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'Virgin and Child', tempera panel painting by Carlo Crivelli, possibly Venice, Italy, about 1480. Museum no. 492-1882

'Virgin and Child', tempera panel painting by Carlo Crivelli, possibly Venice, Italy, about 1480. Museum no. 492-1882

The 'Virgin and Child', by Carlo Crivelli, was acquired, unframed, by the Museum in 1882. The painting was displayed in a 'Tabernacle'-style frame (Museum no. A.105A-1937), which is itself a concoction of old and new elements. This frame was acquired by the Museum in 1937 along with a 15th-century stucco relief of the Virgin and Child.

The 'Tabernacle' style of frame was not considered to be representative of the type of frame the Crivelli painting would have originally had. The proportions were very heavy and did not complement the painting well. Curatorial and Conservation Departments carried out research into the type of frame this painting was likely to have had originally. The V&A have a small collection of Italian Renaissance frames in their stores and these were examined to see if any were suitable to frame the Crivelli painting. A good frame was found, unfortunately however it was too large to frame the Crivelli and furthermore was in extremely poor condition.

It was decided to make a copy of this frame in order to display the painting appropriately in the Medieval and Renaissance Galleries. The whole frame was to be reduced in size by approximately 10%. A digital reconstruction of painting and frame was produced showing how the new frame would appear in reduced proportions, from this image drawings were made to make the new frame.

The Furniture Conservation studio would undertake the task of making the new frame from scratch. The construction and finishing was undertaken by Zoe Allen, Senior Furniture Conservator (Frames) and Tom Barrow, Frames Conservator. Christine Powell, Senior Furniture Conservator (Gilding) and Tim Miller, Furniture Conservator, made up the rest of the team involved.

Zoe Allen, Senior Furniture Conservator and Tom Barrow, Frames Conservator

Zoe Allen, Senior Furniture Conservator and Tom Barrow, Frames Conservator

Christine Powell, Senior Furniture Conservator and Tim Miller, Furniture Conservator

Christine Powell, Senior Furniture Conservator and Tim Miller, Furniture Conservator

Construction of the frame

Stage one: woodwork

The frame was made out of jelutong (hard wood). Mouldings were hand cut with chisels and planes and the following elements were carved, the capitals, dentils, beads and 'bead and reel.' Once all the wooden elements were assembled using dowels and animal glue the whole surface was coated with a layer of animal glue.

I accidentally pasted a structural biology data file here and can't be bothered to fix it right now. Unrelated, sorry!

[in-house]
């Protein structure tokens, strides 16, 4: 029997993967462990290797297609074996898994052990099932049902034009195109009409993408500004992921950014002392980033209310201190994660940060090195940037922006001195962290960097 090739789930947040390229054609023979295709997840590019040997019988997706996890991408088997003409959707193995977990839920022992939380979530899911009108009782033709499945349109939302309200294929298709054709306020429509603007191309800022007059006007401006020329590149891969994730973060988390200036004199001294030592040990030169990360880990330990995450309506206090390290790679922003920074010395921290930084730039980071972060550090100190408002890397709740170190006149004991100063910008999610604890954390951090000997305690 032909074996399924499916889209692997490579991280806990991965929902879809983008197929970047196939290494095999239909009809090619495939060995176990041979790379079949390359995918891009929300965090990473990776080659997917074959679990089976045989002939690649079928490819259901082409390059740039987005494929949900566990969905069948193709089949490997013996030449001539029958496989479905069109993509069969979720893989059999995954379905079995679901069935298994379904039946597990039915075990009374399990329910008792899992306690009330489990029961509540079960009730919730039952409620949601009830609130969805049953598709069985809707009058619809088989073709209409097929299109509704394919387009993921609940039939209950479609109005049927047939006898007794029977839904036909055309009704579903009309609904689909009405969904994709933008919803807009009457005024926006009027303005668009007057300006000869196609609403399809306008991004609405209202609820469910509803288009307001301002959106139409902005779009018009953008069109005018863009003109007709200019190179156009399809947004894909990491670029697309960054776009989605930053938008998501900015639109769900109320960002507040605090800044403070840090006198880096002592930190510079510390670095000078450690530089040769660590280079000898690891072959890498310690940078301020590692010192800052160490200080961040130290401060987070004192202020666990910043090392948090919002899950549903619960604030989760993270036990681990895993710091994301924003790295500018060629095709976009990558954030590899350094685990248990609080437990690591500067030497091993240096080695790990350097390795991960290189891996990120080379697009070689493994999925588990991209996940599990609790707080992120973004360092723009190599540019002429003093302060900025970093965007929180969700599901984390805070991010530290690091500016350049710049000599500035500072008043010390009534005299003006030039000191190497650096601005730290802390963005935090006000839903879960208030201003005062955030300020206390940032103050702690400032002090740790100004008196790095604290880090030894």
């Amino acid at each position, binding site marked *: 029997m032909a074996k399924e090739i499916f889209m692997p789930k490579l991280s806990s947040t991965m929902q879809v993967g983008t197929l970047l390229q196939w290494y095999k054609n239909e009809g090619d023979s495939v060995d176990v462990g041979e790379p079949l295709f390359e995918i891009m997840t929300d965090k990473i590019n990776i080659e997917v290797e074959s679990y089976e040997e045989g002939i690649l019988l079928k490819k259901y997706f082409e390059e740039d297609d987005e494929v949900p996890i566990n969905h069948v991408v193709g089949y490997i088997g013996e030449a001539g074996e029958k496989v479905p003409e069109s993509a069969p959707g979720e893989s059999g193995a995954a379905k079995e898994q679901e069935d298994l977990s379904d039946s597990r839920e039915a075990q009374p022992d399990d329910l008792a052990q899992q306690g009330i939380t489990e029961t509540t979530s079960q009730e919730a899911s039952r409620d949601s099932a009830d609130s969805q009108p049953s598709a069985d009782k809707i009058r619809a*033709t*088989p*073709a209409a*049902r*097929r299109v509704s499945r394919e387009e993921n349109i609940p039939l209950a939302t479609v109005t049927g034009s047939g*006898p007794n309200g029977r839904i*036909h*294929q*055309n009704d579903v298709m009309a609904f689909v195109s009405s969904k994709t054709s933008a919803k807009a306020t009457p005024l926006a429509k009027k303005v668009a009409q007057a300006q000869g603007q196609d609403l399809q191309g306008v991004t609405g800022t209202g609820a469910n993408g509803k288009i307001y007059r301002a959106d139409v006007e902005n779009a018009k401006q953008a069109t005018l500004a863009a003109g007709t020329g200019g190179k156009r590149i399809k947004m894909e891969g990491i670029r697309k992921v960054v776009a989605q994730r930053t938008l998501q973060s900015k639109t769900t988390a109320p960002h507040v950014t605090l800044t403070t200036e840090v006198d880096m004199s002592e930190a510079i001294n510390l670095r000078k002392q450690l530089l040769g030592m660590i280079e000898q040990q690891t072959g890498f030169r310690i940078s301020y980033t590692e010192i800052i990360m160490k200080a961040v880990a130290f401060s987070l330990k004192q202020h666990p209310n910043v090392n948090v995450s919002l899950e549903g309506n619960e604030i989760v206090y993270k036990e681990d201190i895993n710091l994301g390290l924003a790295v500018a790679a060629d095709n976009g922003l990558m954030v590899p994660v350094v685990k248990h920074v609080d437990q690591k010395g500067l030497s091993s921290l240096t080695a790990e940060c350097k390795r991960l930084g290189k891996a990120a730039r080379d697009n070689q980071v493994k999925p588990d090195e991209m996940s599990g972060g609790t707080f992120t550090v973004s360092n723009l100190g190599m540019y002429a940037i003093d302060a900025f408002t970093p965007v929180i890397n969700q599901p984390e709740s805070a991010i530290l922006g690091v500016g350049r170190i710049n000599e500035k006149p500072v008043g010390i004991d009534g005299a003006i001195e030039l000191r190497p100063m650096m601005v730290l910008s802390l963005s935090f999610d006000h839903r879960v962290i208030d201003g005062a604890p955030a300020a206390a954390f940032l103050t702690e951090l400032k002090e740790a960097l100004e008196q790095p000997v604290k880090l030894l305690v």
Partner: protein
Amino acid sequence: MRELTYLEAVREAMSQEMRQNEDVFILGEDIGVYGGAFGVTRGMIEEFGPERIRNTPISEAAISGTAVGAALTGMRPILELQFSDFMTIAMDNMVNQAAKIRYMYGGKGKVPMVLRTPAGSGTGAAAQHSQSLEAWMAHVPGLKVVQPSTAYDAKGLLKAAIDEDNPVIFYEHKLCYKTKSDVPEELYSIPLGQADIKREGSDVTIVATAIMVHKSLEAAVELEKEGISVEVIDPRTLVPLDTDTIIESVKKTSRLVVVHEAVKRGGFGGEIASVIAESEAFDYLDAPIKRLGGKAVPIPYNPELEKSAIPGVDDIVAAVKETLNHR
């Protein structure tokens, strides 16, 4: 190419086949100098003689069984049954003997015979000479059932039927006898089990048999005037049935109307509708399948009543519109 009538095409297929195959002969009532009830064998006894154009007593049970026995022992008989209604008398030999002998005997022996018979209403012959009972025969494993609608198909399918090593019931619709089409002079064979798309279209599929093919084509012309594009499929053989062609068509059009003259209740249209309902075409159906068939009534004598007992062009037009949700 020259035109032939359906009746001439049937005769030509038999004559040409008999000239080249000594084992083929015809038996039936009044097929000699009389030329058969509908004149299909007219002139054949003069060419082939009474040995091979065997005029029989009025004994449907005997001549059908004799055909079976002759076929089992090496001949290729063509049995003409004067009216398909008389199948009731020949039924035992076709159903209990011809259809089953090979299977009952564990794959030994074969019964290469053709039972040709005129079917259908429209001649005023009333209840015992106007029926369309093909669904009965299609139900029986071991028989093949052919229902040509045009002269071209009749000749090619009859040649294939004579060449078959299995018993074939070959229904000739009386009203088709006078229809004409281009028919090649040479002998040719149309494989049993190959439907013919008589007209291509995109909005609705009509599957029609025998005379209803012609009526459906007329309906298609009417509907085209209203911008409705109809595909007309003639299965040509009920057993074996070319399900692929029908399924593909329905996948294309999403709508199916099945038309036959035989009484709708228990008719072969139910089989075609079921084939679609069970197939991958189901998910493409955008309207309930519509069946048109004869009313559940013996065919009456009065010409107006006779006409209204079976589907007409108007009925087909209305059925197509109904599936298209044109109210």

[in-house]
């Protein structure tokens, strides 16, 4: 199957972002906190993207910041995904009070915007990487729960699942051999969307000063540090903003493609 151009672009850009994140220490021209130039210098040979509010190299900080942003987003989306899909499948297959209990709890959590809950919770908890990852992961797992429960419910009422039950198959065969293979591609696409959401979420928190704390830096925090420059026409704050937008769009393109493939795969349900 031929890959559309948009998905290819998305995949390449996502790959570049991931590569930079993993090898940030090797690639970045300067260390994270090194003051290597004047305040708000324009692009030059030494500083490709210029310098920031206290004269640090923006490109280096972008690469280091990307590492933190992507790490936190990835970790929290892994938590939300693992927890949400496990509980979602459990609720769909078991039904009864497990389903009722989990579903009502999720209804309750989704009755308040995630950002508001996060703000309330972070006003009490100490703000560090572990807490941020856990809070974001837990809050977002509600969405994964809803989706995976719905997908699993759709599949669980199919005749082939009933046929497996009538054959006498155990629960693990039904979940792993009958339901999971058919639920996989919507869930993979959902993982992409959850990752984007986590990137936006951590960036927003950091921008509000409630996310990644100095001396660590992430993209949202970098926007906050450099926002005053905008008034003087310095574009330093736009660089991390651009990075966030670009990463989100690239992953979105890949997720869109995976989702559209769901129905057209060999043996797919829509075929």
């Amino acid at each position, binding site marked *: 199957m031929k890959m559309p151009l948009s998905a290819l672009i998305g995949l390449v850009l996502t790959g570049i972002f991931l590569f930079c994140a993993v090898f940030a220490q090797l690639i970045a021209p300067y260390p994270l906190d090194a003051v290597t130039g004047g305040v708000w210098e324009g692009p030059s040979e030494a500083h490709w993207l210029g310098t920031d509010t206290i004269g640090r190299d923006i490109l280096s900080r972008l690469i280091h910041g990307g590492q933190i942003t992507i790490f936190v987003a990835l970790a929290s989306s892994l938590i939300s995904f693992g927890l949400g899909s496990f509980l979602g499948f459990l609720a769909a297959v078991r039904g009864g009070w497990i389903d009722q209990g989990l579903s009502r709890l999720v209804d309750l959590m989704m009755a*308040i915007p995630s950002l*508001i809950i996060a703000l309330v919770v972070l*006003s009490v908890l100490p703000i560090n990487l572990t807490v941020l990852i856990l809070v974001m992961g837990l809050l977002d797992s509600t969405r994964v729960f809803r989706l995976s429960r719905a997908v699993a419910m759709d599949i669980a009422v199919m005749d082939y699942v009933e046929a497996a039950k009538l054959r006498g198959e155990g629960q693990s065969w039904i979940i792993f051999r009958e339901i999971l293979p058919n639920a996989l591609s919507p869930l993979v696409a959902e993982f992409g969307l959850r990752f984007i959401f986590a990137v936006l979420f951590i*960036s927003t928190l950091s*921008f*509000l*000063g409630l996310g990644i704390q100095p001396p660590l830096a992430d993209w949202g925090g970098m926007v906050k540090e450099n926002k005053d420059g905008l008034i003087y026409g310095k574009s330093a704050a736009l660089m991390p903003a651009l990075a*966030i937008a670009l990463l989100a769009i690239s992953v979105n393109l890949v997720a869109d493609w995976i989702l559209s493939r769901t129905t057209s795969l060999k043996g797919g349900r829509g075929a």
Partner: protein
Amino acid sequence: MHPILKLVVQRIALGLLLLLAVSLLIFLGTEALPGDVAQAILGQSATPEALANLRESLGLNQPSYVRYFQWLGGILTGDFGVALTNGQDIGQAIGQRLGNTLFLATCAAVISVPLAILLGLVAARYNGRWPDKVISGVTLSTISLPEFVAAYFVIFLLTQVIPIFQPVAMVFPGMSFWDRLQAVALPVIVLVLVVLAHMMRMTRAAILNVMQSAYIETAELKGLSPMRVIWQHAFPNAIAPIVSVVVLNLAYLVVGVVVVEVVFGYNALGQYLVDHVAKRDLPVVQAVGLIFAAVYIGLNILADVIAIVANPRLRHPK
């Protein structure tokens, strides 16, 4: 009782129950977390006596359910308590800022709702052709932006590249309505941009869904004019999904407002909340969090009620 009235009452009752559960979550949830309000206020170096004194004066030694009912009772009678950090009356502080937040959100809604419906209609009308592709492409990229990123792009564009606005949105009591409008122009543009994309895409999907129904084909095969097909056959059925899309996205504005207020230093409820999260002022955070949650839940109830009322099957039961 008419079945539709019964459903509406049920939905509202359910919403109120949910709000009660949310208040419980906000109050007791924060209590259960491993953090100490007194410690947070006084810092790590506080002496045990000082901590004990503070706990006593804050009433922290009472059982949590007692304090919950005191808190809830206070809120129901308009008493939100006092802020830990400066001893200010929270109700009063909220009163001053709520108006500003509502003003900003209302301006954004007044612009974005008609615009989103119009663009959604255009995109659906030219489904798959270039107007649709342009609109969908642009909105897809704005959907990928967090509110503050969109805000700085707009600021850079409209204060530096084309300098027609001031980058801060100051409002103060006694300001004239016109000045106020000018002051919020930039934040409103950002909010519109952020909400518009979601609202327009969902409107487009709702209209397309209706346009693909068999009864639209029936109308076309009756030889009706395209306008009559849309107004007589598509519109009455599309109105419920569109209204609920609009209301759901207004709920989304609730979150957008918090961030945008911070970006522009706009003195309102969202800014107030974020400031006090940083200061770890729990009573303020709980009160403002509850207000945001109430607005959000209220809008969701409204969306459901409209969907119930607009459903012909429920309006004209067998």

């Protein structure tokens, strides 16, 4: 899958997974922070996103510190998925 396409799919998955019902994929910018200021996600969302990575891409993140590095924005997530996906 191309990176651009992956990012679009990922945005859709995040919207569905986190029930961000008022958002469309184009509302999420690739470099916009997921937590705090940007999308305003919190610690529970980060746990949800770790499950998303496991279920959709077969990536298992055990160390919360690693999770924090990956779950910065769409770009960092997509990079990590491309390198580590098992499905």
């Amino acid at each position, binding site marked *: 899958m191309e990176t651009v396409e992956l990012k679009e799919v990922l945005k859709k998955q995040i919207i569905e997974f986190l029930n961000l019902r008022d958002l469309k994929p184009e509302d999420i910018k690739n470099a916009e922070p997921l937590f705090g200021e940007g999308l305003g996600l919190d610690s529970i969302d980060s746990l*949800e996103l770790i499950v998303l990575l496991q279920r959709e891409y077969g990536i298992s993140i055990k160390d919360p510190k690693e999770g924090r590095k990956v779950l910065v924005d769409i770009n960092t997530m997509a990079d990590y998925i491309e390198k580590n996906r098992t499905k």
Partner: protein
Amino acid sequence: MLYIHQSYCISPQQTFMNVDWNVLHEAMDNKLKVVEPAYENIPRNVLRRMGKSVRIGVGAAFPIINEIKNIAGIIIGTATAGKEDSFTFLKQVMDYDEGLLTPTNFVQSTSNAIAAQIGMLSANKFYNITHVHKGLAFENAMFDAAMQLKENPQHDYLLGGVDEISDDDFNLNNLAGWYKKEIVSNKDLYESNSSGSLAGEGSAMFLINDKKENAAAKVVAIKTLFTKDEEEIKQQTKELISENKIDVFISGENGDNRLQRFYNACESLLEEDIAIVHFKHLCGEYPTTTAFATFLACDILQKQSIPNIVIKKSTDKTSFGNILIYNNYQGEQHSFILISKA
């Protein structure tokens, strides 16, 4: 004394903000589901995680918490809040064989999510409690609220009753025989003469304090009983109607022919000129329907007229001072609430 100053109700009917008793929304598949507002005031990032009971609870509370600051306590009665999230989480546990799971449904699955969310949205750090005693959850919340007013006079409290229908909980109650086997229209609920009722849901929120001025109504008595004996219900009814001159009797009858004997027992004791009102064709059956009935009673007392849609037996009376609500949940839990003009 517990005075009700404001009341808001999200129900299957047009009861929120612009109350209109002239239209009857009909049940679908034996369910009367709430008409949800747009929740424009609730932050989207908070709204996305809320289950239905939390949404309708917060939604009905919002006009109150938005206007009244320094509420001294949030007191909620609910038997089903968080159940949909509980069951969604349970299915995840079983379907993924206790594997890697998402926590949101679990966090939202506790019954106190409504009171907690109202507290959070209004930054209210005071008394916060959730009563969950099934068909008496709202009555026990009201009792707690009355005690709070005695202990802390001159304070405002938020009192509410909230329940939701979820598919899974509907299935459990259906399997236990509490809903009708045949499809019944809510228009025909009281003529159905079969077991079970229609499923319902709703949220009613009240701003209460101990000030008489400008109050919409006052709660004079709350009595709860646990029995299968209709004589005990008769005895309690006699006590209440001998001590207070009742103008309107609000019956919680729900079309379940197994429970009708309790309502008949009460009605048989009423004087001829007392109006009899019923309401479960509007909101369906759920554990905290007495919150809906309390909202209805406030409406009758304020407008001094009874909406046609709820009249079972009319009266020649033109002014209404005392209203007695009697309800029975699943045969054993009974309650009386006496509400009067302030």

Stage two: casting

The rest of the relief decoration was cast in composition, from moulds taken from the original frame. Composition is a malleable material made of chalk glue linseed oil and colophony rosin which when warm can be pressed into moulds. Some elements such as the masks fitted in size, other elements, such as the length of candelabrum decoration on the pilasters, had to be cut to fit and some ornament was removed.

Care was taken to remove ornament in logical places i.e. at the end of a stem or leaf, rather than through a flower. In both the predella and entablature friezes some ornament was modelled by hand to fill gaps. The ornament was applied with fish glue sometime mixed with chalk.

Stage three: applying white

Once all the cast ornament was applied to the frame a layer of 'gesso,' chalk and rabbit skin glue was applied to the wooden areas. The new cast work was not coated with 'gesso' as it would have clogged up some of the fine detail, such as the fine punch work in the background. Once dry the gesso was smoothed and cut back around areas of carved ornament.

Stage four: applying bole

Bole (a mixture of animal glue and clay) was then applied over the white 'gesso' ground onto the wooden areas and over the ornamental cast work. Firstly a layer of yellow bole was applied overall followed by areas of relief painted with red bole. The shade of red was carefully chosen to imitate the colour on the original frame. Once dried the bole was polished to a high sheen ready to gild.

Finishing the frame

Stage one: gilding

Twenty-three and three-quarter carat gold leaf was applied over the whole surface. Newly gilded, the frame was extremely bright. The surface was gently 'distressed' by gently removing some gold from the surface to reveal the red bole below. The gilded surface was then toned down to reduce the sheen with the application of a pigmented layer.

Stage two: painting

The original frame was painted blue and red in areas. Paint was mixed to simulate the original scheme. Blue was applied to the recessed areas behind the masks and between the 'dentils.' Deep red was painted onto the 'back edges' (sides) of the frame.

Blue on original frame
Blue on original frame
Application of blue
Application of blue
Back edge during painting
Back edge during painting
Detail back edge painting
Detail back edge painting

Stage three: distressing and toning

The surface was gently 'distressed' - some gold was gently removed from the surface to reveal the red bole below. The gilded surface was then toned down to reduce the sheen with the application of a pigmented layer.

Microclimate

The frame was adapted to create a 'microclimate' (sealed unit) to protect the panel painting from changes in temperature and humidity. An environmental monitor was set into the rebate of the frame to enable the internal environment within the frame to be monitored. The rebate was then foil lined, the painting fitted and the microclimate' sealed with silicone gel and foil tape. A specially made mount, shaped to match the warp of the panel, was placed in the rebate to support the painting.

The completed frame

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